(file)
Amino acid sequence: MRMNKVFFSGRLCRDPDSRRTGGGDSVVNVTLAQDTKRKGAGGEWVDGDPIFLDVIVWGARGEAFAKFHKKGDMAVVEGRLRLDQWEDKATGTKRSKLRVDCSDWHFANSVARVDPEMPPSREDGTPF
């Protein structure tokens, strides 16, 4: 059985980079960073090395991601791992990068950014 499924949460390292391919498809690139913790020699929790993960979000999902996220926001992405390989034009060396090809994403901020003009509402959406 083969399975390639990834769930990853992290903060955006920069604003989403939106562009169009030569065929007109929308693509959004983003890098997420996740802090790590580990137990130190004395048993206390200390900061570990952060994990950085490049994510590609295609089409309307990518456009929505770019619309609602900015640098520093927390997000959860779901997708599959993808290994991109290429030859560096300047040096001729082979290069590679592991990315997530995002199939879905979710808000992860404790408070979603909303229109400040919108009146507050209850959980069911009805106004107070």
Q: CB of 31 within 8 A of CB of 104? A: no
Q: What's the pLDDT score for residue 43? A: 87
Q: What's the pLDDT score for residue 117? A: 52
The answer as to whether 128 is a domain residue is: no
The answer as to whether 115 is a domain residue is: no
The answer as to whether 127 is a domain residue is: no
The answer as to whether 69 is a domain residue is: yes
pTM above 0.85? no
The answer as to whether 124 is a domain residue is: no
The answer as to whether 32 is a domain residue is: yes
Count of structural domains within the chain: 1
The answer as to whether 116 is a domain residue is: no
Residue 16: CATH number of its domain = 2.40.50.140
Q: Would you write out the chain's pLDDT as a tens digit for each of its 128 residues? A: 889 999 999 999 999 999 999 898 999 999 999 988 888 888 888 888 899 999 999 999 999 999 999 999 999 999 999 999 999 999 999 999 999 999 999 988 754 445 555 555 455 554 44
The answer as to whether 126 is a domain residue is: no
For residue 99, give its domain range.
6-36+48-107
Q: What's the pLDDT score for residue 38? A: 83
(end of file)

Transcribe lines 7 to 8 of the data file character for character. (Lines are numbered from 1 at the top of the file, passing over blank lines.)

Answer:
The answer as to whether 115 is a domain residue is: no
The answer as to whether 127 is a domain residue is: no